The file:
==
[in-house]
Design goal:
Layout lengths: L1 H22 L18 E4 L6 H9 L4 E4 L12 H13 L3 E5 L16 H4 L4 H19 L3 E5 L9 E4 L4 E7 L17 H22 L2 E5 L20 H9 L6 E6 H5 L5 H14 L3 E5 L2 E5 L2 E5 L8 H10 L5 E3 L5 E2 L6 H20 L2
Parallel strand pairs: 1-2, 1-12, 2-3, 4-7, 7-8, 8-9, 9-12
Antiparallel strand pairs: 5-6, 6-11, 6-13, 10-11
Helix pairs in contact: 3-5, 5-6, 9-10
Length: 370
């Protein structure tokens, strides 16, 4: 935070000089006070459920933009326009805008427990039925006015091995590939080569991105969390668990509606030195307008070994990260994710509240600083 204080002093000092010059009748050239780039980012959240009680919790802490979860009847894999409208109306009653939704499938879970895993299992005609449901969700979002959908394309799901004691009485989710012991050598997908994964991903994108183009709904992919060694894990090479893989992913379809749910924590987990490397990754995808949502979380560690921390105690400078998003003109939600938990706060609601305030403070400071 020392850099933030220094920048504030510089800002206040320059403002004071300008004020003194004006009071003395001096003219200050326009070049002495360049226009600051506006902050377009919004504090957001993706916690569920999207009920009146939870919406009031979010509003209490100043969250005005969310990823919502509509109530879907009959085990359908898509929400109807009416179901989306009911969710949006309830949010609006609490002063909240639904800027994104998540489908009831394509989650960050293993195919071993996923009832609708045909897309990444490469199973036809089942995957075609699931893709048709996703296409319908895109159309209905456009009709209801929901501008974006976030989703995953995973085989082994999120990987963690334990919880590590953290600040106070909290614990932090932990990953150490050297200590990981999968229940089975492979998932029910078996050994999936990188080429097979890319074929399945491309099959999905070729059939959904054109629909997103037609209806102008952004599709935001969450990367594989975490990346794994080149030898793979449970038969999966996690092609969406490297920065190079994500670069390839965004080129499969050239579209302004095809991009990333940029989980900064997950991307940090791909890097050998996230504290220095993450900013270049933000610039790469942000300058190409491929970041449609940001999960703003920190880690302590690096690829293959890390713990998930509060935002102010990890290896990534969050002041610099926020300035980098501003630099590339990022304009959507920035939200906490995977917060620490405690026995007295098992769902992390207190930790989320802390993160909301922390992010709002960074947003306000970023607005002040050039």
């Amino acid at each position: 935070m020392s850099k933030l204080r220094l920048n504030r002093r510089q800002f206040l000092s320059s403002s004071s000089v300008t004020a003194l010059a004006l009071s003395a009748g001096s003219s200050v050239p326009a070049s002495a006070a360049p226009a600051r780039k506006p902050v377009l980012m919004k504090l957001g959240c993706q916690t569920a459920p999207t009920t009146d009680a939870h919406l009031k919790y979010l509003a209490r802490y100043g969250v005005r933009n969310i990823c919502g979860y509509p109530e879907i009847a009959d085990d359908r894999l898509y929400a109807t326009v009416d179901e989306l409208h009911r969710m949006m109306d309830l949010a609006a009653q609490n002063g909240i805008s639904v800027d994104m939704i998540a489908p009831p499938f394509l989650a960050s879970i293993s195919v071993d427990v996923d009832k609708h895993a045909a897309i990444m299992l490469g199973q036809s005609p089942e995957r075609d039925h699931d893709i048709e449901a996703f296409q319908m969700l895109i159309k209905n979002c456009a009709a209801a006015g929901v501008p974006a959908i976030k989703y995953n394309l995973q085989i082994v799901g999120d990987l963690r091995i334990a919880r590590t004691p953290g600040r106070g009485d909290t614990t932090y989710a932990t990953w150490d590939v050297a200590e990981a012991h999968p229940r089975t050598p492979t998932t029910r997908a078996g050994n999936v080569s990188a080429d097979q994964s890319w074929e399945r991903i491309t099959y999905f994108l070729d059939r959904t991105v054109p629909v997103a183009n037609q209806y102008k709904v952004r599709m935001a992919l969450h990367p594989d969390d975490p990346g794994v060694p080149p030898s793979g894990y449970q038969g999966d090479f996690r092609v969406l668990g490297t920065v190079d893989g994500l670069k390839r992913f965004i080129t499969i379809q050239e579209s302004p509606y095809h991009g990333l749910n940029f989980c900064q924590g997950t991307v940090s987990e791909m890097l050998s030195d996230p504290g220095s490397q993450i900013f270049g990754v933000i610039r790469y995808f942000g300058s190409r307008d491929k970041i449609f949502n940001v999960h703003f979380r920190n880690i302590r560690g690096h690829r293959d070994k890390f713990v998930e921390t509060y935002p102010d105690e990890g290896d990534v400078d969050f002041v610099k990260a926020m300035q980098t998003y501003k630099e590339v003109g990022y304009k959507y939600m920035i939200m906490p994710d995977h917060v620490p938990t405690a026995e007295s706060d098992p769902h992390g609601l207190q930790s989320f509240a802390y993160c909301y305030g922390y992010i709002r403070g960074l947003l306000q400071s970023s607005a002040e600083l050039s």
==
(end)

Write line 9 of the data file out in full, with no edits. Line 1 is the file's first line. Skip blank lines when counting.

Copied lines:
């Amino acid at each position: 935070m020392s850099k933030l204080r220094l920048n504030r002093r510089q800002f206040l000092s320059s403002s004071s000089v300008t004020a003194l010059a004006l009071s003395a009748g001096s003219s200050v050239p326009a070049s002495a006070a360049p226009a600051r780039k506006p902050v377009l980012m919004k504090l957001g959240c993706q916690t569920a459920p999207t009920t009146d009680a939870h919406l009031k919790y979010l509003a209490r802490y100043g969250v005005r933009n969310i990823c919502g979860y509509p109530e879907i009847a009959d085990d359908r894999l898509y929400a109807t326009v009416d179901e989306l409208h009911r969710m949006m109306d309830l949010a609006a009653q609490n002063g909240i805008s639904v800027d994104m939704i998540a489908p009831p499938f394509l989650a960050s879970i293993s195919v071993d427990v996923d009832k609708h895993a045909a897309i990444m299992l490469g199973q036809s005609p089942e995957r075609d039925h699931d893709i048709e449901a996703f296409q319908m969700l895109i159309k209905n979002c456009a009709a209801a006015g929901v501008p974006a959908i976030k989703y995953n394309l995973q085989i082994v799901g999120d990987l963690r091995i334990a919880r590590t004691p953290g600040r106070g009485d909290t614990t932090y989710a932990t990953w150490d590939v050297a200590e990981a012991h999968p229940r089975t050598p492979t998932t029910r997908a078996g050994n999936v080569s990188a080429d097979q994964s890319w074929e399945r991903i491309t099959y999905f994108l070729d059939r959904t991105v054109p629909v997103a183009n037609q209806y102008k709904v952004r599709m935001a992919l969450h990367p594989d969390d975490p990346g794994v060694p080149p030898s793979g894990y449970q038969g999966d090479f996690r092609v969406l668990g490297t920065v190079d893989g994500l670069k390839r992913f965004i080129t499969i379809q050239e579209s302004p509606y095809h991009g990333l749910n940029f989980c900064q924590g997950t991307v940090s987990e791909m890097l050998s030195d996230p504290g220095s490397q993450i900013f270049g990754v933000i610039r790469y995808f942000g300058s190409r307008d491929k970041i449609f949502n940001v999960h703003f979380r920190n880690i302590r560690g690096h690829r293959d070994k890390f713990v998930e921390t509060y935002p102010d105690e990890g290896d990534v400078d969050f002041v610099k990260a926020m300035q980098t998003y501003k630099e590339v003109g990022y304009k959507y939600m920035i939200m906490p994710d995977h917060v620490p938990t405690a026995e007295s706060d098992p769902h992390g609601l207190q930790s989320f509240a802390y993160c909301y305030g922390y992010i709002r403070g960074l947003l306000q400071s970023s607005a002040e600083l050039s």